Buying property in Australia

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  1. #1

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    Buying property in Australia

    Hi All,

    I plan to buy a property in Australia.
    Most of my finances are in HKD right now.
    I live and work in Hong Kong.

    Any tips?

    thanks!
    -rob.


  2. #2

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    Hi Rob. When you talk of buying a property in Australia, what kind of tips are you looking for? Is the property only as an investment? Is this for you to move into? Are you looking for certain facilities? Any certain cultural trade marks for that area?

    If only for investment, I heard that the iron industry in Perth is causing many people to move over there (I might be out-of-date with my information, I don't keep that up-to-date, but I can find out if I know exactly what you are looking for).


  3. #3

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    Hi Dean, thanks for the reply.
    Actually, I'm just looking for details on the logistics of making it happen.
    I will continue to live in HKG, but I'm looking to see how I go about getting a loan, what's the best way to set it up etc etc.
    cheers
    -rob


  4. #4

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    Banks in Australia are MUCH more conservative when it comes to lending money than some other countries. If you want a mortgage, therefore, then this might be an issue. When I moved to Aus from the UK, for example, as a reasonably well-off person, the first bank I tried said something like "you need to have an account with us for several years before we give you a mortgage" - which was like "huh"? As I already had a couple of properties in the UK and did not expect to be treated like this!

    Luckily I found a better bank pretty quickly ... but beware.

    I would open an Aussie bank account pretty quickly if I were you - for example, if you are HSBC Premier, I would open an Aussie Premier account and I expect that will help no end on the financial side.

    On the property side, DO NOT under any circumstances go for any of the offers you see advertised on the TV in Hong Kong. They are akin to timeshare in the rip-off they entail. Basically will sell you a property in a nice place that "seems" quite cheap because you compare it to HK prices, but in actual fact, if you go to a LOCAL agent actually in the places, the real prices would be substantially less again. This is a well known scam targetted at overseas investors - in Queensland in particular. So, always GO and look at the property you are interested in, and deal with a local agent (like, one with a shop in the street) not somebody you meet overseas.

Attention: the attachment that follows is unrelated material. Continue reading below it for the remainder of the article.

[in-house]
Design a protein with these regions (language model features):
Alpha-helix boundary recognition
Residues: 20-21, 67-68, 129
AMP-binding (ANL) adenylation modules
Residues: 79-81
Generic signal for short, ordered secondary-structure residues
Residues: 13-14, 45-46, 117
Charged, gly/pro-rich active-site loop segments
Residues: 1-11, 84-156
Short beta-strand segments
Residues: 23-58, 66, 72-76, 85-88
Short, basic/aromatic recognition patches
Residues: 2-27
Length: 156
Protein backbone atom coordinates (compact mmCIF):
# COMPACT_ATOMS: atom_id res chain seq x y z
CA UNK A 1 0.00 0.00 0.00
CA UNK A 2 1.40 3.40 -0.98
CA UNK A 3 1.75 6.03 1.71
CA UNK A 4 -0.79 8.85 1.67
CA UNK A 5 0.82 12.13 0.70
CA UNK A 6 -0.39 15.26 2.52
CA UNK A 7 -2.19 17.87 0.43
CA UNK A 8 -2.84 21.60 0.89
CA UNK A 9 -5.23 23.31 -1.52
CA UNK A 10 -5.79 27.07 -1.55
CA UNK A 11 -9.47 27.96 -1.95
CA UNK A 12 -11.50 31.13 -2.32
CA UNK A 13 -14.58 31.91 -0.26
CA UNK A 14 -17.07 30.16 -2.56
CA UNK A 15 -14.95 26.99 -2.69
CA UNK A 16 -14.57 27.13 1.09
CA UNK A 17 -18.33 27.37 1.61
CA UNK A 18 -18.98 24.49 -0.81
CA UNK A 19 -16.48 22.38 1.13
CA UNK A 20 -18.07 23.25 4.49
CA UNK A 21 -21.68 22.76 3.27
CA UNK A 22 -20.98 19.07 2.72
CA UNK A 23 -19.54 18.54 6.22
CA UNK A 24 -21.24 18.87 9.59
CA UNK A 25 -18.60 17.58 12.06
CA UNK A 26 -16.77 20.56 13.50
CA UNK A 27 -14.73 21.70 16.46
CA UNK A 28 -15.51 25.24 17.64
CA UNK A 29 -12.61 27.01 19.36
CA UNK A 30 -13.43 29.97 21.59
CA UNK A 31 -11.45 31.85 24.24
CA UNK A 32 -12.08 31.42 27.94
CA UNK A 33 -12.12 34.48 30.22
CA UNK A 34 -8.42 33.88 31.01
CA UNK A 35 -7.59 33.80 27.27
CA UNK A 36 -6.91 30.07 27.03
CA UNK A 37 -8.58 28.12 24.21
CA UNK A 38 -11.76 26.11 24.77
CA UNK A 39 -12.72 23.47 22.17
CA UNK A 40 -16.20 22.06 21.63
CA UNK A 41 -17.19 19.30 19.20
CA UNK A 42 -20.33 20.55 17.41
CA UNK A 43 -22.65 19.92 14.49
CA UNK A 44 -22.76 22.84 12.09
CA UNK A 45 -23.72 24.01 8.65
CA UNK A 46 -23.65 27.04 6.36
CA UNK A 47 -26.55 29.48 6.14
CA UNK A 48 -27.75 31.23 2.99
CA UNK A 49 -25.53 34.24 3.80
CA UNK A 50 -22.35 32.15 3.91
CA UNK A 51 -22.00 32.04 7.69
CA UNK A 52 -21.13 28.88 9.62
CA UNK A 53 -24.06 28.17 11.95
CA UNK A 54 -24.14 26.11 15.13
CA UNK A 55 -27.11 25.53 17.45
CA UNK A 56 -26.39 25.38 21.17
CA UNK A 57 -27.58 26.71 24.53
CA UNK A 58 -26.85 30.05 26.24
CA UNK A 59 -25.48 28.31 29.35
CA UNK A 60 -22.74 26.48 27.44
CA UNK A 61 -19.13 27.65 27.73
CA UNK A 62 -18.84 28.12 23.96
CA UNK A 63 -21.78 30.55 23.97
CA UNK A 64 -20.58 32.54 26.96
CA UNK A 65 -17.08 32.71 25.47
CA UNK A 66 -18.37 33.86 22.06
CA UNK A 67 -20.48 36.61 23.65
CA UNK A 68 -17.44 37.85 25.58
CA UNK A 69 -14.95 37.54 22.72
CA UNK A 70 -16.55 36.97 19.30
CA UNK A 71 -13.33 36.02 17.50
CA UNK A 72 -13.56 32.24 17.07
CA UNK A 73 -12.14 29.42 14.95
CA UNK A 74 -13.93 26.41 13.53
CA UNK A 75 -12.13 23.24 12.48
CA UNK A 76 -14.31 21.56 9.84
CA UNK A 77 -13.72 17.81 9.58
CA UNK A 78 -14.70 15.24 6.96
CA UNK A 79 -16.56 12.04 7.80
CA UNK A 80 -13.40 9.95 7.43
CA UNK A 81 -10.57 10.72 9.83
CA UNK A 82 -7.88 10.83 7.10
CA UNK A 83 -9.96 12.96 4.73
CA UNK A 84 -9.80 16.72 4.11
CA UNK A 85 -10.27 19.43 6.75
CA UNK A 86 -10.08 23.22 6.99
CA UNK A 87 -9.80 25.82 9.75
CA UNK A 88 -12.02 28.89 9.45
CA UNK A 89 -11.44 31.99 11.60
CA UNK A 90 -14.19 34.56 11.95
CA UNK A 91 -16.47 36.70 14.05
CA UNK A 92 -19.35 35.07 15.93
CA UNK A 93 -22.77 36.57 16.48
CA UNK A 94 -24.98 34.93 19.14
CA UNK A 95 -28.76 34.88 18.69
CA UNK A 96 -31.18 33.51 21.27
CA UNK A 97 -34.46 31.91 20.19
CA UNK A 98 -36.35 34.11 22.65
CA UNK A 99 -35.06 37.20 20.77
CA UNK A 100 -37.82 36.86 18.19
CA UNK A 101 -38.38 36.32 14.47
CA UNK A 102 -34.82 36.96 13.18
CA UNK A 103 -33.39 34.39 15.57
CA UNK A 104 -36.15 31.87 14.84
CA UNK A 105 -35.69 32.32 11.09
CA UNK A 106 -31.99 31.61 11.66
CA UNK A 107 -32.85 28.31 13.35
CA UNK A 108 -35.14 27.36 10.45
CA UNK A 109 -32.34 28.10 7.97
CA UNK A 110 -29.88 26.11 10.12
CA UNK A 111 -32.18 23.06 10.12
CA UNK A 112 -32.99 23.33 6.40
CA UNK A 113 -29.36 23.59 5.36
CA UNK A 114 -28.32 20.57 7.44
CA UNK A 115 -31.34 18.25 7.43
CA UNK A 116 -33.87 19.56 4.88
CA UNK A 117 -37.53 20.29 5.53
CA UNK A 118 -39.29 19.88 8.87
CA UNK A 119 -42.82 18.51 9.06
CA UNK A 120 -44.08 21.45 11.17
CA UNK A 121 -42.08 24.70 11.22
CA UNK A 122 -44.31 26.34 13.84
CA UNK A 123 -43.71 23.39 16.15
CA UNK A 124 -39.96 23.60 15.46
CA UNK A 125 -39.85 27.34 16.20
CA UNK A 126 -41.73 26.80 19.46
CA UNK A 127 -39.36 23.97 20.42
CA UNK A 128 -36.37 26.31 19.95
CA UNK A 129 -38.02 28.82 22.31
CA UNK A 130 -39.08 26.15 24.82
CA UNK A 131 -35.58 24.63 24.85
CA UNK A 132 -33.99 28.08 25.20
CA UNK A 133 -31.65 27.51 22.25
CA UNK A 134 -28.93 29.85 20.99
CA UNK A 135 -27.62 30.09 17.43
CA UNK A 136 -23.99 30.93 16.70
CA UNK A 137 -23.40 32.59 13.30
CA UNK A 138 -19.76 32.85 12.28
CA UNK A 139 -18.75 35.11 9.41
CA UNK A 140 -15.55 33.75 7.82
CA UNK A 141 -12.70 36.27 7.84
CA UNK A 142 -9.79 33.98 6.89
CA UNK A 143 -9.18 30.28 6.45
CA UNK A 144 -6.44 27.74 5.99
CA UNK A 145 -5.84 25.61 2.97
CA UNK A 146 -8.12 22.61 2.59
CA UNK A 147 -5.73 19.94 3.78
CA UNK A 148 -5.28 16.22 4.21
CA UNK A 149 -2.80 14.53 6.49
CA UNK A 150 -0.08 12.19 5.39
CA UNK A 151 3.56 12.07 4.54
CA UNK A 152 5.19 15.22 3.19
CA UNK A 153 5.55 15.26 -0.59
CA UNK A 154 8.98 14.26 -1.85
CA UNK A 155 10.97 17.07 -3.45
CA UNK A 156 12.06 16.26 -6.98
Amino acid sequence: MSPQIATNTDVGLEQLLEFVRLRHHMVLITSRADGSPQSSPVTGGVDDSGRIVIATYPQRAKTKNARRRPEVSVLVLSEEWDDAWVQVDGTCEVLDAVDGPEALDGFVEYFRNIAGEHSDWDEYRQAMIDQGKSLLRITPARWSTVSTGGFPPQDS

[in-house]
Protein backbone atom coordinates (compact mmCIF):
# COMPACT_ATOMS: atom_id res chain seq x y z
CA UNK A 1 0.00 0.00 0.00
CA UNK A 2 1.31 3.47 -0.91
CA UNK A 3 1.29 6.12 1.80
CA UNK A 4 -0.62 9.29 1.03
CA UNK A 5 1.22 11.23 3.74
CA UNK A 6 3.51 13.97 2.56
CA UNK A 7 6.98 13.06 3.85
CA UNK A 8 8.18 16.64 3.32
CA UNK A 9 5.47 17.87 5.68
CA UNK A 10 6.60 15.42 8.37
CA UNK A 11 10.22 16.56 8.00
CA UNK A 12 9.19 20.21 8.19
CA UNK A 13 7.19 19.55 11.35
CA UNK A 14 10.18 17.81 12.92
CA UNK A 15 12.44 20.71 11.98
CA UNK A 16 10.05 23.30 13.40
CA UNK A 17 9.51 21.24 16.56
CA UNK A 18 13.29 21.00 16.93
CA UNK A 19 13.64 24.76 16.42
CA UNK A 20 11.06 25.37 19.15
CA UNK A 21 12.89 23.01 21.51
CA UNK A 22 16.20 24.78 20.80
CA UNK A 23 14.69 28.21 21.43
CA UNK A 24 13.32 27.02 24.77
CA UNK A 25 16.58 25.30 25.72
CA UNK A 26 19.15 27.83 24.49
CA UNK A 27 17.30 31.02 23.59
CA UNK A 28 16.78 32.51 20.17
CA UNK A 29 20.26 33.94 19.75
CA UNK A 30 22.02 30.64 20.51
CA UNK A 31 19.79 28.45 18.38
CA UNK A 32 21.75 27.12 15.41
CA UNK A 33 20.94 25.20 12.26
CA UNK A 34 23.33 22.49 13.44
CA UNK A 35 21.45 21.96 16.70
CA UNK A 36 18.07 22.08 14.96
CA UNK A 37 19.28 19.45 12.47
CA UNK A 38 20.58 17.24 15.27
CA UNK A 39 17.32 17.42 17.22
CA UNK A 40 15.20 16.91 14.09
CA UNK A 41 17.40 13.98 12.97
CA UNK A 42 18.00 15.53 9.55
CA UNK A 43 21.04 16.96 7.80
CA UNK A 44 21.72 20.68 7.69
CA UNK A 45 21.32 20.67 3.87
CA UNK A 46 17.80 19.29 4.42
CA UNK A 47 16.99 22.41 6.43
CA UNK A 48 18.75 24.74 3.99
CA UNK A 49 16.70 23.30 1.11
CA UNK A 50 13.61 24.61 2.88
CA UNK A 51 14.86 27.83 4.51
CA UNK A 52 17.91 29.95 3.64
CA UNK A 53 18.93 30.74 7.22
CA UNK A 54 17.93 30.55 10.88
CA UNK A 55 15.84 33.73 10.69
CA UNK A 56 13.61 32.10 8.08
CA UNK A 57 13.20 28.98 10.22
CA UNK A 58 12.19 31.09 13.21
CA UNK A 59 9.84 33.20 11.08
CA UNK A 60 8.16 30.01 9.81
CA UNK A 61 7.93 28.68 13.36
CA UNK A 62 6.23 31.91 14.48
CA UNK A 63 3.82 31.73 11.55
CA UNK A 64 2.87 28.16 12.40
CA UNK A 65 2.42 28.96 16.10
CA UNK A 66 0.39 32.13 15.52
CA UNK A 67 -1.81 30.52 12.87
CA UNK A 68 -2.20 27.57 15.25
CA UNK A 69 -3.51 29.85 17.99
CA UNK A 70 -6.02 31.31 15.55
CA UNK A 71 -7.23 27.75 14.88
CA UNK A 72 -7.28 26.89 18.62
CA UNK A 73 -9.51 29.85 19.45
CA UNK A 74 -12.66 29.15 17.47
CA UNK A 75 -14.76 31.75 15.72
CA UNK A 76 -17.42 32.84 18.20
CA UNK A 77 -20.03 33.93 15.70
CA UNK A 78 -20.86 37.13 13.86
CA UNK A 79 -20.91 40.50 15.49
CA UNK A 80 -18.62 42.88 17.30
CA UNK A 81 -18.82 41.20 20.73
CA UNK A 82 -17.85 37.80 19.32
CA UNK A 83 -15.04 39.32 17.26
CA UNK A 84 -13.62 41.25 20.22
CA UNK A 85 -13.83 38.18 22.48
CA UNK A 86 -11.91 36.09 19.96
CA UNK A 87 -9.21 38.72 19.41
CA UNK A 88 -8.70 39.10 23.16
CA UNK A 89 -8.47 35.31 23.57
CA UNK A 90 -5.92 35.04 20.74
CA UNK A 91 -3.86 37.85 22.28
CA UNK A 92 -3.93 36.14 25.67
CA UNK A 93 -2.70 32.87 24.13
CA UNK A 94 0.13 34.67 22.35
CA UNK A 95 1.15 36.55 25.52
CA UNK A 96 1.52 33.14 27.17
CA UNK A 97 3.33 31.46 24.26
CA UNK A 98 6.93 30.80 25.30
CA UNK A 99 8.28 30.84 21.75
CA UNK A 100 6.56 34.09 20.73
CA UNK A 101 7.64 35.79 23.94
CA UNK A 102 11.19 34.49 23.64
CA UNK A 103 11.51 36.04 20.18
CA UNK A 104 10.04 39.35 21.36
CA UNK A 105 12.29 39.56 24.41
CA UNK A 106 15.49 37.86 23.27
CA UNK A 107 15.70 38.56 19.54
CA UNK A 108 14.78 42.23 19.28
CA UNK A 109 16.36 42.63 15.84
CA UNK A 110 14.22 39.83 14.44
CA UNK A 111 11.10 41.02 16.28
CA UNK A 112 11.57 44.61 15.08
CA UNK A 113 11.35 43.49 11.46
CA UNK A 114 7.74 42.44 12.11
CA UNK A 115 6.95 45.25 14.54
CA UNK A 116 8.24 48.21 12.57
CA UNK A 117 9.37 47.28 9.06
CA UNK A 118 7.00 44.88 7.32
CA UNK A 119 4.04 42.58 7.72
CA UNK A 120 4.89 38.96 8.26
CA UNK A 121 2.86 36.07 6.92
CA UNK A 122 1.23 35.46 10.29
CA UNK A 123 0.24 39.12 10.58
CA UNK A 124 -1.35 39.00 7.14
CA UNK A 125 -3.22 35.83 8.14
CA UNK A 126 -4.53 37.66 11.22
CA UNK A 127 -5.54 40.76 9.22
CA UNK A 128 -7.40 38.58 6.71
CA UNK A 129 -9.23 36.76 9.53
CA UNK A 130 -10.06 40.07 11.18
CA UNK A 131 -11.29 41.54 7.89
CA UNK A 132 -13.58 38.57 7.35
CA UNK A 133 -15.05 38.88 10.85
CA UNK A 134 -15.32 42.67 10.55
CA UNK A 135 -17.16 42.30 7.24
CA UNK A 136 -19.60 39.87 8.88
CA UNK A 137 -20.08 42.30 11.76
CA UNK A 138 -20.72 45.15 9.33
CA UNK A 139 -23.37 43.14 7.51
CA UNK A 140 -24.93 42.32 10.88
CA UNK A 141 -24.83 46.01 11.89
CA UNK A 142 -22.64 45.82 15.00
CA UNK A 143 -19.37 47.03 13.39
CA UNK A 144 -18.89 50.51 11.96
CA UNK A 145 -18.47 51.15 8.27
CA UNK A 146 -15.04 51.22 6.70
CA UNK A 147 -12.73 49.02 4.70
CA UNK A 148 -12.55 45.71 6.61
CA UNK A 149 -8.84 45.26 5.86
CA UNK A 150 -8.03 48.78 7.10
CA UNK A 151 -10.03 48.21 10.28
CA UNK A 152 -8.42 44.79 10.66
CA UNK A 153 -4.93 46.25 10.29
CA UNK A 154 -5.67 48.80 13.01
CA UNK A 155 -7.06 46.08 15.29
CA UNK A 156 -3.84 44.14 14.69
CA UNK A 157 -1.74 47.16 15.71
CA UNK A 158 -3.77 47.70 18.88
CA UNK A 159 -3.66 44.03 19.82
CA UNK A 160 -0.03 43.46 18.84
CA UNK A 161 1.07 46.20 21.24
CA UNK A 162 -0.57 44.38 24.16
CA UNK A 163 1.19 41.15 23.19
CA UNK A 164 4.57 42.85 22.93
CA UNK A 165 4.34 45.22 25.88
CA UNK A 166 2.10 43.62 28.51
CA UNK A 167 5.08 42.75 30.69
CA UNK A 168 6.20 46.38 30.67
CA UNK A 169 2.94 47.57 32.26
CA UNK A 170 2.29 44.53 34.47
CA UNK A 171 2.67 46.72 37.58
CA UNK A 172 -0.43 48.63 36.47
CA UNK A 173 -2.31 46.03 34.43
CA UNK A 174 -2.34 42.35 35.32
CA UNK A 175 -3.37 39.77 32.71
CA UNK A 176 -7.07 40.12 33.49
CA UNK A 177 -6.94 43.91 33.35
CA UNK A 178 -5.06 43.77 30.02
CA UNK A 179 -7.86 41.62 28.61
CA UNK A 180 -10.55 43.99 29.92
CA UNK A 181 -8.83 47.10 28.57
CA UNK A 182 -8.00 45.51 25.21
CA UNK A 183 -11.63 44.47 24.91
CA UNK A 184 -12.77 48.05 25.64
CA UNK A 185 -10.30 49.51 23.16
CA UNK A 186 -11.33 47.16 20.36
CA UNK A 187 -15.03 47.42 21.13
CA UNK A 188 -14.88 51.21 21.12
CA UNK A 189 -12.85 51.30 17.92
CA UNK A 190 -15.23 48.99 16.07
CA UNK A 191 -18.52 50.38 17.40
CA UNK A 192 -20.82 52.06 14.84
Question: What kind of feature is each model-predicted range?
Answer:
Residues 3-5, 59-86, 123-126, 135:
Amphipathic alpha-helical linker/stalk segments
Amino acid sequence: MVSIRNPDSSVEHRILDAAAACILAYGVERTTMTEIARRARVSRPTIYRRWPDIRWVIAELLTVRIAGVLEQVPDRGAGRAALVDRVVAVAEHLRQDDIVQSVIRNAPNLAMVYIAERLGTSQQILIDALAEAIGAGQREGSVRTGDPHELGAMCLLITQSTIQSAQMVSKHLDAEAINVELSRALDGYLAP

Otherwise, property is pretty easy to understand. You go look, you make an offer, pay a deposit, do surveys etc, get a mortgage (if needed) then settle a few weeks later.

    Much of Aussie property is sold by Auction - so you might have more limited choice if this is an issue for you (I refuse to bid at auctions) - otherwise get some advice on how to manage auctions. They take place in the street outside the property generally.

    What else do you need to know?


  5. #5

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    Thanks for the detailed reply.
    I guess I could/should have been more precise in my original message.
    - I'm an Australian citizen, living in HK
    - I already have a HSBC AU account linked to my HSBC HK Premier account (salary goes to HK)
    - The place I'm buying is for family (already live in actually, more of a re-finance)

    I'm wondering if it's worthwhile to approach HSBC in HK for the mortgage instead of HSBC (or another) bank in Aus..

    If anyone has experience with this, then please let me know!


  6. #6

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    I wouldn't get my mortgage in HK for an AUS mortgage, just because of the currency risk, but if you are happy with the currency risk (for example, because you are earning in HKD) then I guess it might be an idea. I'm not sure if it is possible - I always had to get my mortgages from the country where the property was located (had three in the past - UK, Aus, NZ), but have no experience of HK because we didnt need a mortgage for the boat.

    Your situation sound fine - so I doubt you will have any problems with getting a mortgage. Refinancing relatives is always dicey but that's your problem - been there; done that; won't repeat the exercise! (My experience was 'just' a car, but it was an expensive learning exercise in the inability to enforce a contract on a relative if you wish to have a peaceful life!)


  7. #7

    At the expense of what in Australia such expensive property?


  8. #8

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    Quote Originally Posted by lastexplosion:
    At the expense of what in Australia such expensive property?
    Huh? What's the question?

  9. #9
    Quote Originally Posted by MovingIn07:
    Huh? What's the question?
    Rhetorical question

  10. #10

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    I think the point MovingIn was making was that your post doesn't seem to make any sense... perhaps you could clarify?


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